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Nat, Kat explain their cab strategy; Brook and Claire were just 15 minutes behind

At the end of The Amazing Race 17, it mostly came down to cabs and the order that they left the airport, and in their exit interviews, the final three teams discussed their cab selection and whether it was a well-constructed leg or not. In addition, Brook Roberts and Claire Champlin revealed they were about 15 minutes behind Nat Strand and Kat Chang. Jill Haney and Thomas Wolfard have no idea how far behind they were.

In an interview with Reality TV World, Kat Chang explains their strategy at the Rose Bowl. “We actually got into a couple of taxis, and I think we actually got into the taxi that Jill and Thomas ended up choosing, and we quickly realized that that was not a taxi we wanted to be in. So we got out and we just went down the line and we asked them, ‘What kind of phone do you have? Do you have a smartphone? Do you have a GPS system? Do you have…?’ Even just asking those simple questions, we could tell that certain taxi drivers had no idea what we were talking about, so maybe their command of the English language wasn’t as great, and then that would become a bigger challenge from going from location to location. And so, ultimately, we thought we picked the best taxi driver and that was a strategic move,” she said.

Her teammate, Nat Strand, said that she liked the structure of the last leg but “not for the tasks, because it was true, getting [bungee] dropped doesn’t involve skill, and riding in a helicopter doesn’t involve skill. But what really wins the Race is not the challenge, it’s finding the information, it’s using what you learned along the Race to help you in the end. … So I think although it probably wasn’t obvious to people that don’t do the Race, the things that made or broke that last leg were the skills that — navigational skills, information finding skills, and just knowing what the pitfalls would be and trying anticipating those, and doing what you could to get around them. ”

In their interview with the site, Brook and Claire said they were pretty close behind. “According to everyone standing there, it was about 15 minutes,” Brook said.

As to one of this season’s most memorable moments, Claire getting hit in the face with a watermelon, Claire said, that medical “checked me out and then they disappeared and they started filming again, so Brook and I literally didn’t know if we were allowed to race or not. So, we kind of just sat there and that’s when I looked at Brook and I was like, ‘What do we do now?’ And she said, ‘I think we have to finish.’ And then that’s when I was like, ‘What?’ And then I saw the other team going, and it’s kind of like survival of the fittest.” There was a cut in time between the hit and Brook telling Claire to keep going, but of course the editing makes it sound like she was insensitive.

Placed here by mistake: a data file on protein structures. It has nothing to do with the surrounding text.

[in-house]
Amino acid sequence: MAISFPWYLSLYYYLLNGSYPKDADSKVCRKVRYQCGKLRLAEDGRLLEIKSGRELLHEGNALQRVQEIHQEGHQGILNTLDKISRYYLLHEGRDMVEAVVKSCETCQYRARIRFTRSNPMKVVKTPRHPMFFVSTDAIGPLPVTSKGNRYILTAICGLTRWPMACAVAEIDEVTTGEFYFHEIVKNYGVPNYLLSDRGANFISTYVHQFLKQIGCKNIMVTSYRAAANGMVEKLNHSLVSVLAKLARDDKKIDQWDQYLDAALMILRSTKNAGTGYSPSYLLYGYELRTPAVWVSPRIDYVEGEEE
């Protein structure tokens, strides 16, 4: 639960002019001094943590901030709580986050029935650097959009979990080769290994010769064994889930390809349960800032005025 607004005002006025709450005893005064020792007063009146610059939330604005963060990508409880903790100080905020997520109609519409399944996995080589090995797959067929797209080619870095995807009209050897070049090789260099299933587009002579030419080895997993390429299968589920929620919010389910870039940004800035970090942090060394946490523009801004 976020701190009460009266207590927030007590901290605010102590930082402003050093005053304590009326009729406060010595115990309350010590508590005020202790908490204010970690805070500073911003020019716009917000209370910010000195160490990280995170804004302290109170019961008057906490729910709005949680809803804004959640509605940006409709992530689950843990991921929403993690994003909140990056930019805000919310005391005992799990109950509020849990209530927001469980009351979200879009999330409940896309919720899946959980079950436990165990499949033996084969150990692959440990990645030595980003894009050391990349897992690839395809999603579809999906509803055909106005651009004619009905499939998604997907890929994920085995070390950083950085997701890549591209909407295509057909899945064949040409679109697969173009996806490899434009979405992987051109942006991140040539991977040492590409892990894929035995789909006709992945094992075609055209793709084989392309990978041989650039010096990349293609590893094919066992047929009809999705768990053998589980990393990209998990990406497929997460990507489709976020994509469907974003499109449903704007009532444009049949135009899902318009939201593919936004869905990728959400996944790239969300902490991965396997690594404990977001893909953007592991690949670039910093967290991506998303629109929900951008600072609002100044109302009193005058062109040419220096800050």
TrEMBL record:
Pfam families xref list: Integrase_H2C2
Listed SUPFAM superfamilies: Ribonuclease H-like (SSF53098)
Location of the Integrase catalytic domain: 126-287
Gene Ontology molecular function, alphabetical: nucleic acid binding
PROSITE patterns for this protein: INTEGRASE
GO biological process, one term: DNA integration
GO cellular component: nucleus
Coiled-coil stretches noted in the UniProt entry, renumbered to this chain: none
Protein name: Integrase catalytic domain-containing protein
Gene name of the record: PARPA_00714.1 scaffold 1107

Meanwhile, in their interview with Reality TV World, Jill and Thomas stumble through answering basic questions. For example, regarding their selection of a cab driver at the Rose Bowl, Thomas only says, “We actually — they all had broken English and you could see Nat and Kat switch their cab driver…” When asked a really simple question, how far behind they were, Thomas said, “Not really, I mean, we’re not…” and Jill said, “Not far. I mean, I feel like everybody was somewhat close.”

They don’t, however, blame their cab driver. Jill attributes the loss to the start of the leg. “I felt like it was ultimately who got in the first cab from the airport, because then when it went to the drop, it’s like you have your [instructional] briefings and then you have to wait for them to get off, down to the raft and up, so if you’re there first, you have such a big lead,” she said.

Thomas mostly agreed, saying there wasn’t much of an opportunity to catch up, and said Nat and Kat deserved to win. “We were disappointed because we had such bad luck with the cab driver, but reflecting and looking back on that leg, there wasn’t a lot of competition involved with it. Honestly, making sure you don’t make mistakes — Nat and Kat certainly did that and deservingly so finished first — but you’d like to think that you’d have a chance to — that there would be a little bit more of an element of competition involved in the final leg,” he said.

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  • Andy Dehnart is the creator of reality blurred and a writer and teacher who obsessively and critically covers reality TV and unscripted entertainment, focusing on how it’s made and what it means.


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